Only recently has the phrase “sanctity of life” been widely used as shorthand for the general principle that human life can never be intentionally taken without adequate justification. The phrase was first used in the modern bioethical debate by Rev. John Sutherland Bonnell as the title to his 1951 article opposing euthanasia: “The Sanctity of Human Life”. Glanville Williams later employed the phrase in his ground-breaking book, The Sanctity of Life and the Criminal Law, in 1957. The common usage of this phrase has continued into the 21st century, referring to the view that all human beings bear God’s image from the moment of conception.

The phrase appeared only twice in our precedents before 2018. But the principle itself — that human life is fundamentally distinct from other forms of life and cannot be taken intentionally without justification — has deep roots that reach back to the creation of man “in the image of God.” One 17th-century commentator [Petrus Van Mastricht] has explained the significance of man’s creation in God’s image as follows:

“[T]he chief excellence and prerogative of created man is in the image of his Creator. For while God has impressed as it were a vestige of himself upon all the rest of the creatures … so that from all the creatures you can gather the presence and efficiency of the Creator, or as the apostle [Paul] says, you can clearly see his eternal power and divinity, yet only man did he bless with his own image, that from it you may recognize not only what the Creator is, but also who he is, or what his qualities are.

“… God did this: (1) so that he might as it were contemplate and delight himself in man, as in a copy of himself, or a most highly polished mirror, for which reason his delights are said to be with the children of men. (2) So that he might, as much as can be done, propagate himself as it were in man. … (3) So that he would have on earth one who would know, love, and worship him and all that is his, which could not be obtained in the least apart from the image of God …. (4) So that he might have one with whom he would live most blessed for eternity, with whom he would converse as with a friend …. Therefore, so that God could eternally dwell and abide with man, he willed him to be in some manner similar to him, to bear his image …. Therefore, the image of God in man is nothing except a conformity of man whereby he in measure reflects the highest perfection of God.”

Van Mastricht’s assessment of the significance of man’s creation in the image of God accords with that of Thomas Aquinas centuries earlier. Following Augustine, Aquinas distinguished human life from other things God made, including nonhuman life, on the ground that man was made in God’s image.

“As Augustine observes, man surpasses other things, not in the fact that God Himself made man, as though He did not make other things; since it is written, ‘The work of Thy hands is the heaven,’ and elsewhere, ‘His hands laid down the dry land,’ but in this, that man is made to God’s image.”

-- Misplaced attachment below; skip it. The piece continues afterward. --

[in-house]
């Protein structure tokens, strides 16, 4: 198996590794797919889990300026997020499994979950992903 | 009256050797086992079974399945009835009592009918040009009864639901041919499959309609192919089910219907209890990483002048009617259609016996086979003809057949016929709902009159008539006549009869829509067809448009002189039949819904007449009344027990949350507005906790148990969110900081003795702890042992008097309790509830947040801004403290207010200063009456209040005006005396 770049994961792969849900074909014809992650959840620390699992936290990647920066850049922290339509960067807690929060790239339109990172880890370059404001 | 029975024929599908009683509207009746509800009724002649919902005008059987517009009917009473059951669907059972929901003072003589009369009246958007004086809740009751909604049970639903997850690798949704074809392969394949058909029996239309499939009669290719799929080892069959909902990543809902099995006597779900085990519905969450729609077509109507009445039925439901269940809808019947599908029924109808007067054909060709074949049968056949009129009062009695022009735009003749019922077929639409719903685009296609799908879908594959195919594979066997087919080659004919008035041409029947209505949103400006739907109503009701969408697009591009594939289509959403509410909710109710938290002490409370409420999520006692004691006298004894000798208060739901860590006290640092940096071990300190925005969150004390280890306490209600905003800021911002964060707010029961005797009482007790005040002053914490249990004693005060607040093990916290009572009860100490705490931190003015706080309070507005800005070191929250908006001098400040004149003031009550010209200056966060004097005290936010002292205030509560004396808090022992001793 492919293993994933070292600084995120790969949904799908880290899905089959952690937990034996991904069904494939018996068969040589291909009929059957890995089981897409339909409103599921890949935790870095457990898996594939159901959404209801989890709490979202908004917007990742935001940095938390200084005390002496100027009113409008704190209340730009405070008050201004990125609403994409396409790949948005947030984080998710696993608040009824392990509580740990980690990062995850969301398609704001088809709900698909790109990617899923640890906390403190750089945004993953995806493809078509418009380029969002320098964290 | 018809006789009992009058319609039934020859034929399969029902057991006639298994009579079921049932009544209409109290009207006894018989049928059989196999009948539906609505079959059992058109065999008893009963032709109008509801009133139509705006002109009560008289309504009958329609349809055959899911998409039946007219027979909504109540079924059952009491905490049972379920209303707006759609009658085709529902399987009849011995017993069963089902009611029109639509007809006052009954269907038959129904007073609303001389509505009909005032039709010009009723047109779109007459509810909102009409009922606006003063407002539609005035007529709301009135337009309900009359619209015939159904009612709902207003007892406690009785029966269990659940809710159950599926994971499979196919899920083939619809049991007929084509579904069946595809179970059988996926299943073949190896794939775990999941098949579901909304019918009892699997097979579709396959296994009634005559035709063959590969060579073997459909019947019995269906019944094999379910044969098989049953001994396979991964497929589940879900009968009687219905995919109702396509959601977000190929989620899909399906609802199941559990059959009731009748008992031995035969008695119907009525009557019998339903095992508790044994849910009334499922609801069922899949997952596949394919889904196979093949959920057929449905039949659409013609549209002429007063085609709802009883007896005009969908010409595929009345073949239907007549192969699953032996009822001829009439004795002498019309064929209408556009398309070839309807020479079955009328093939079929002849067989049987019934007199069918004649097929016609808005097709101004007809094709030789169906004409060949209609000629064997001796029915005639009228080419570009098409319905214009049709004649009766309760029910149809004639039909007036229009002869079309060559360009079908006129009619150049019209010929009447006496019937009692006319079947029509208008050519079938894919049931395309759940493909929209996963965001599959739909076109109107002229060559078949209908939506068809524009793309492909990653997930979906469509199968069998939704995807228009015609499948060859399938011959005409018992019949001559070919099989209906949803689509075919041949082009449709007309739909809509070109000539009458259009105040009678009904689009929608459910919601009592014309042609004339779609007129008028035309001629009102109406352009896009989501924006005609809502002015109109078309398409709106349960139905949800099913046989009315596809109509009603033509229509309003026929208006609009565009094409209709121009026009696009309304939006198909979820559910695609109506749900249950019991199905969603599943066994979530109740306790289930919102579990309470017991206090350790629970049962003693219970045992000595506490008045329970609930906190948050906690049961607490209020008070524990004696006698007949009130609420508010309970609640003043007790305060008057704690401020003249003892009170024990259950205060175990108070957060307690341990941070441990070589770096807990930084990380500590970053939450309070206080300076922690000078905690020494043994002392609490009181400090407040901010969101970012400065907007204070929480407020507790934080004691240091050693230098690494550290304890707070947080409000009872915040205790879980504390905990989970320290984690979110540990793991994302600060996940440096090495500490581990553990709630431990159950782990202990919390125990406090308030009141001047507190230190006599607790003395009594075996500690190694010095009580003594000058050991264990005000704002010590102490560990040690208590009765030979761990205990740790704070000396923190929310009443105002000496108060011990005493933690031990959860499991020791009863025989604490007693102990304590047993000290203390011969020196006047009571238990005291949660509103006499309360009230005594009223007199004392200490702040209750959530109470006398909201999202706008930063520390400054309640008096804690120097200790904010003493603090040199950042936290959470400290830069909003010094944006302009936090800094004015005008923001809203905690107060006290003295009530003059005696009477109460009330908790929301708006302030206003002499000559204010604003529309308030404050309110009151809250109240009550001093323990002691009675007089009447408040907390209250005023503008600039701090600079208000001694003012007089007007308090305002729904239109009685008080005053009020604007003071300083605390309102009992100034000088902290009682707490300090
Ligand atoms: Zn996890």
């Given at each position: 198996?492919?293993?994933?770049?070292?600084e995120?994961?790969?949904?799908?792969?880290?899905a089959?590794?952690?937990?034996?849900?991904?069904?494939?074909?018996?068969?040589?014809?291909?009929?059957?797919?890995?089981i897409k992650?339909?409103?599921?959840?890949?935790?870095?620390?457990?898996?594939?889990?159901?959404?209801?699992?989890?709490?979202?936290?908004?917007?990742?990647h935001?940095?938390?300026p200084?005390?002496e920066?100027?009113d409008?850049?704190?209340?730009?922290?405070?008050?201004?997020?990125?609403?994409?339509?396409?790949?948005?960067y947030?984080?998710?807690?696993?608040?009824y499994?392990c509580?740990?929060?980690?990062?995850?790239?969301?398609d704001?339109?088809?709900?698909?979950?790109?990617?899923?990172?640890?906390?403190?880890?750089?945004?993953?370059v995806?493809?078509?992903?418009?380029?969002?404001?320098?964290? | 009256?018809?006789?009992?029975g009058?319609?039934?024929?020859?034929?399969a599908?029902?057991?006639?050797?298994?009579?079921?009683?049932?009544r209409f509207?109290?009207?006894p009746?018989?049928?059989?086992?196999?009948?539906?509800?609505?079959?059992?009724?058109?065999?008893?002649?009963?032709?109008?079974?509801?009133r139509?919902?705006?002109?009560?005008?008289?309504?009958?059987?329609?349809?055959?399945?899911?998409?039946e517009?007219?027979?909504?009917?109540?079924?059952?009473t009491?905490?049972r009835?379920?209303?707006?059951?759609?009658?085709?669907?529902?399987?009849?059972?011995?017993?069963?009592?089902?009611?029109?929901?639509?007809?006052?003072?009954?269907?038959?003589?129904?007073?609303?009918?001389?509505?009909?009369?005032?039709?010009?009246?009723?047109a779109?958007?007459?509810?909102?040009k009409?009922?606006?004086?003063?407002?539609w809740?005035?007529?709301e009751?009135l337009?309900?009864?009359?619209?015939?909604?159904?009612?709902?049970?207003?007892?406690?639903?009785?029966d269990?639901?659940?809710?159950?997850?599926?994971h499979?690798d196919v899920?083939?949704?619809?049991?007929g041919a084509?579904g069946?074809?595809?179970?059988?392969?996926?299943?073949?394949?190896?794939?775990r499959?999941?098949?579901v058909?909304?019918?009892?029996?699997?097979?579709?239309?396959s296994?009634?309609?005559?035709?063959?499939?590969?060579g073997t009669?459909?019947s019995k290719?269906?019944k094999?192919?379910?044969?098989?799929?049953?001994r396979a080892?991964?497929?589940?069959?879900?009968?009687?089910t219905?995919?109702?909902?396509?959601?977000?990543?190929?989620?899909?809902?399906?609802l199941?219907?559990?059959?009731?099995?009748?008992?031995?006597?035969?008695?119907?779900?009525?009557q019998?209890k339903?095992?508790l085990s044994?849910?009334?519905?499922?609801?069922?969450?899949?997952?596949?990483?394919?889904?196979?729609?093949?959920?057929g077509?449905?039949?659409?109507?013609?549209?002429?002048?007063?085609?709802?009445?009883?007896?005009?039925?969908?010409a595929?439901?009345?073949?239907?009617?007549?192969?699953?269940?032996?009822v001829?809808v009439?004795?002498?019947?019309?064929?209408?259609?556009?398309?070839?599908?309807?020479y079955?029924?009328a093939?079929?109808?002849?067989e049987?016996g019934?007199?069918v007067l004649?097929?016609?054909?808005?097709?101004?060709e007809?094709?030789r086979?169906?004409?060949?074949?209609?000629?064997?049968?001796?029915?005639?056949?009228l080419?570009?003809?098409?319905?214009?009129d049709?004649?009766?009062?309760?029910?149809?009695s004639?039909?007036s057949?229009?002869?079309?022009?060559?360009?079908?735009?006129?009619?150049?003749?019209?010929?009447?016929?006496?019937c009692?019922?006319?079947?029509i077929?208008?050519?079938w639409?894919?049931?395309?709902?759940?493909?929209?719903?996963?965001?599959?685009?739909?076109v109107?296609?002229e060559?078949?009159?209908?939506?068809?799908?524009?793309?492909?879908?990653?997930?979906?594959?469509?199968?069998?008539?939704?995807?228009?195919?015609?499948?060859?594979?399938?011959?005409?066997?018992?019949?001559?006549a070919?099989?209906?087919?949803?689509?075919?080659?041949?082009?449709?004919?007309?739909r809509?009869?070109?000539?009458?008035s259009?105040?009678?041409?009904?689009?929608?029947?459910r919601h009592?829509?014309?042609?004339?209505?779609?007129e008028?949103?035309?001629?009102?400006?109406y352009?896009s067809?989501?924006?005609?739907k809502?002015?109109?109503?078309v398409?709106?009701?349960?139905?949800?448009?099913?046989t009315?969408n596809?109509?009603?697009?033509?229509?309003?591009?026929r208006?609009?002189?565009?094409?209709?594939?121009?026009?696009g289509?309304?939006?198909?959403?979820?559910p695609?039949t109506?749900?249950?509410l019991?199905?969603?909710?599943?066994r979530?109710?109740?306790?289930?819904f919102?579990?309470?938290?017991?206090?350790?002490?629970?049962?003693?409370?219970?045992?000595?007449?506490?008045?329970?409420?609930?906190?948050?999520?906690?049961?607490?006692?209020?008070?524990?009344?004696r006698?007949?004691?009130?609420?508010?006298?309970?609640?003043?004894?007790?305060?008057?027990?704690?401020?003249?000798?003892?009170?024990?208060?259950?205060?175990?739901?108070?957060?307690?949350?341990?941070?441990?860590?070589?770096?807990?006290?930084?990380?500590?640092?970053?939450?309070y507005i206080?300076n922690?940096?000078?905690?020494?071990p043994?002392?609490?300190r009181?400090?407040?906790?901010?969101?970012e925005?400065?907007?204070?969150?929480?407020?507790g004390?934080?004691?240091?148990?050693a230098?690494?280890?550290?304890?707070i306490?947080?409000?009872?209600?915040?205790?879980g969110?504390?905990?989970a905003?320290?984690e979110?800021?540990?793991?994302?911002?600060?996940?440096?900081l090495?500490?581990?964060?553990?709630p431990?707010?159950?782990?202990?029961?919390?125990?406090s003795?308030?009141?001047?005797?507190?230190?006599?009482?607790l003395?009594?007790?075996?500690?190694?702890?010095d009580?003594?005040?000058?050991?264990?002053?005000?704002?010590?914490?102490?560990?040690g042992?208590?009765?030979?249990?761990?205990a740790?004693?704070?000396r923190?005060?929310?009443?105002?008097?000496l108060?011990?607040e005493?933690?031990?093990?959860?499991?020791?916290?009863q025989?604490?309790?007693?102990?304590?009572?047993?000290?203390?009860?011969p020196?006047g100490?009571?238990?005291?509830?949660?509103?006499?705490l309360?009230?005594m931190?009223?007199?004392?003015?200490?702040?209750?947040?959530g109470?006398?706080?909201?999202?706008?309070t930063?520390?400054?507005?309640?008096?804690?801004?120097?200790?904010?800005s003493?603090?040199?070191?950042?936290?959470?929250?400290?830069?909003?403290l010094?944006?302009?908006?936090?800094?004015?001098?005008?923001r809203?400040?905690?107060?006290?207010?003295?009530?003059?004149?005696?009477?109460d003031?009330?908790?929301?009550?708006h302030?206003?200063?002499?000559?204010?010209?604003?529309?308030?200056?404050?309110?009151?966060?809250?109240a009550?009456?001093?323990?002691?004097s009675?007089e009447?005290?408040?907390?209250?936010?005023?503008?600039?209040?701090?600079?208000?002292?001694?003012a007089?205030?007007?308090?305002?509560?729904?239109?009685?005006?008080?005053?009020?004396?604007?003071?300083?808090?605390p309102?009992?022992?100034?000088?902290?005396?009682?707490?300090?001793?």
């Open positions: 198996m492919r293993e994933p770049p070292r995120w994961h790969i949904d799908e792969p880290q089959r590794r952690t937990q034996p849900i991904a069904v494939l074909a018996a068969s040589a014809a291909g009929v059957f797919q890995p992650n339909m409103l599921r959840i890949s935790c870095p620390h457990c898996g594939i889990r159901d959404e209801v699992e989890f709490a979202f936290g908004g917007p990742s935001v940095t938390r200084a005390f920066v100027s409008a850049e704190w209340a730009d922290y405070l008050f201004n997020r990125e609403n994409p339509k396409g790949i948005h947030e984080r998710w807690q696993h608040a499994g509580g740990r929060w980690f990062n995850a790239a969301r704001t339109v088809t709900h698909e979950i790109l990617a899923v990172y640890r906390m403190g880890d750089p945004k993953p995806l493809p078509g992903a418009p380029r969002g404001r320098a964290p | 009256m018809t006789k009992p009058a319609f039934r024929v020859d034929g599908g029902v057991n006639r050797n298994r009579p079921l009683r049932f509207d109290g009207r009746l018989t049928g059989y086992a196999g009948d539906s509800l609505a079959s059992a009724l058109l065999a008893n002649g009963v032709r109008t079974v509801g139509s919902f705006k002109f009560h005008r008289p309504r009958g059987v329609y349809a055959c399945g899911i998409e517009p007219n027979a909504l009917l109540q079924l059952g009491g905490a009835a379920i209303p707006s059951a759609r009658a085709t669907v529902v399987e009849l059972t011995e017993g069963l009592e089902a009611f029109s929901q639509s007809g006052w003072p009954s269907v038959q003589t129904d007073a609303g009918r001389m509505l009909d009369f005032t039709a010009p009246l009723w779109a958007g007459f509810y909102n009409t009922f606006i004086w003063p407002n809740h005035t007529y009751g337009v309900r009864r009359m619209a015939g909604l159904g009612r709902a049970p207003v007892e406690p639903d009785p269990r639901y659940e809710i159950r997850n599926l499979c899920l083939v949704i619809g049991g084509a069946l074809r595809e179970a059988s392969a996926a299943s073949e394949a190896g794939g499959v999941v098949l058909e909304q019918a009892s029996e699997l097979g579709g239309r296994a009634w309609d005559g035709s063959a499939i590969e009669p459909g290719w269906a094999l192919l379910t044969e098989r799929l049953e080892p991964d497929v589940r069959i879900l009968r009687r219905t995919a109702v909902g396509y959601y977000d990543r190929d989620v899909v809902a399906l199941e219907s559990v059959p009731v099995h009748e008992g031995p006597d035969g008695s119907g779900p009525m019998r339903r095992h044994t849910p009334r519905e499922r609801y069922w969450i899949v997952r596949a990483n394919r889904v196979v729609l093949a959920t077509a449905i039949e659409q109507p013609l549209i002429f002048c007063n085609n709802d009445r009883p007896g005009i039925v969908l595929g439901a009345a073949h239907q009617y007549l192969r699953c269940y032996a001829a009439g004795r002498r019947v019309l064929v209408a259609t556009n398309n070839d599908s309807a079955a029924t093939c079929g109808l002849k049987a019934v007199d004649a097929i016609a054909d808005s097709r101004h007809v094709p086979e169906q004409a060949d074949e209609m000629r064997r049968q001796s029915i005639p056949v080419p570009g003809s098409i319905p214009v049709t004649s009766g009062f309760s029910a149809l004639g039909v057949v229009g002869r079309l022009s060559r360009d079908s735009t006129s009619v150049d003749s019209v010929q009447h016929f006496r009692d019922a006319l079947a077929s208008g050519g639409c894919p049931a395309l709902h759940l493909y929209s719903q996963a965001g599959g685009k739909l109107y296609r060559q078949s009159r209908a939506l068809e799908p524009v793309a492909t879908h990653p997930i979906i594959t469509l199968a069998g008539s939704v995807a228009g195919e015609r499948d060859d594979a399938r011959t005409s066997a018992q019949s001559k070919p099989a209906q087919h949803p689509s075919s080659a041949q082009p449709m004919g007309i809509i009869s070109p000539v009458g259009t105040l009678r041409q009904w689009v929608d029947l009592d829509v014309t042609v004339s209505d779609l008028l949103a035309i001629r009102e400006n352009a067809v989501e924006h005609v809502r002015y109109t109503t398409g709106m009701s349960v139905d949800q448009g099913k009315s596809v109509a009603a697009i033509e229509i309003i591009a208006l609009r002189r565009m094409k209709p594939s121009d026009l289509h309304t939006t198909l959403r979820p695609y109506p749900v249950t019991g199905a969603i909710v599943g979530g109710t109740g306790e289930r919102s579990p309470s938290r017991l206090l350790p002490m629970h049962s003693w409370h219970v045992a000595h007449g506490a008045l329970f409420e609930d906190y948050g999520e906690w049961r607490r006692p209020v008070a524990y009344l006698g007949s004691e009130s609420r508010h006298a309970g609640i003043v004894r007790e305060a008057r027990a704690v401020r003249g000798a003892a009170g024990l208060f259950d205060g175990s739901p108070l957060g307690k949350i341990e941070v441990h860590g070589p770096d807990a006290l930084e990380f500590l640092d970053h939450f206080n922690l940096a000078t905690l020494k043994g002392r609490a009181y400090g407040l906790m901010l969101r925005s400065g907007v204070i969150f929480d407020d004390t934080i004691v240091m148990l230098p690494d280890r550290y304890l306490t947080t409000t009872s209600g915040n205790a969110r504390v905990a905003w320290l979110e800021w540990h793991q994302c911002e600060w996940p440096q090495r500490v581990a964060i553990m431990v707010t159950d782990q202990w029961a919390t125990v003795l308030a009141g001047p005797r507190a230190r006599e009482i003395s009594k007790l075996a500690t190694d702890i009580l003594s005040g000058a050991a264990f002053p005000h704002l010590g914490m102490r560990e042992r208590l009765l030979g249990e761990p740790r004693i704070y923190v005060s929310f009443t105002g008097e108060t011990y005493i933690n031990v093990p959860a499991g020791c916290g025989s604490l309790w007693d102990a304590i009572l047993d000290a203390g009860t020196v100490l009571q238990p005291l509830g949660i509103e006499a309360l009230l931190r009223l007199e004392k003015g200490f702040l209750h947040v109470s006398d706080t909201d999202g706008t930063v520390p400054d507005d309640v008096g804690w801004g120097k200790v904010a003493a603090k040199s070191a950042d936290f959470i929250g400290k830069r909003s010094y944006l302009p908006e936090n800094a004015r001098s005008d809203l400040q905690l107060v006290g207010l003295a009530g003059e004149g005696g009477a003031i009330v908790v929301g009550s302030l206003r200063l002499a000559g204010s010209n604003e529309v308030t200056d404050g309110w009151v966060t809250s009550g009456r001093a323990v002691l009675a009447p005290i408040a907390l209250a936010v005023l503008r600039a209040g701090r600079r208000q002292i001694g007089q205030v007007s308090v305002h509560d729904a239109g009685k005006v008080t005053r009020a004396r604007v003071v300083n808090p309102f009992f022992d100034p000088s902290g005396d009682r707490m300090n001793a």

Further, Aquinas explained that every man has the image of God in that he “possesses a natural aptitude for understanding and loving God,” which imitates God chiefly in “that God understands and loves Himself.” Thus, man’s creation in God’s image directs man to his last end, which is to know and love God.

Man’s creation in God’s image is the basis of the general prohibition on the intentional taking of human life.

Finally, the doctrine of the sanctity of life is rooted in the Sixth Commandment: “You shall not murder” (the Fifth Commandment in the Catholic tradition). Aquinas taught that “it is in no way lawful to slay the innocent” because “we ought to love the nature which God has made, and which is destroyed by slaying him.” Likewise, Calvin explained the reason for the Sixth Commandment this way: “Man is both the image of God and our flesh. Wherefore, if we would not violate the image of God, we must hold the person of man sacred.”

These and many similar writings, creeds, catechisms, and teachings have informed the American public’s view of life as sacred.

In summary, the theologically based view of the sanctity of life adopted by the People of Alabama encompasses the following: (1) God made every person in His image; (2) each person therefore has a value that far exceeds the ability of human beings to calculate; and (3) human life cannot be wrongfully destroyed without incurring the wrath of a holy God, who views the destruction of His image as an affront to Himself.

Section 36.06 recognizes that this is true of unborn human life no less than it is of all other human life — that even before birth, all human beings bear the image of God, and their lives cannot be destroyed without effacing his glory. 

Tom Parker is the chief justice of the Alabama Supreme Court. 

This article has been reprinted with permission and can be found at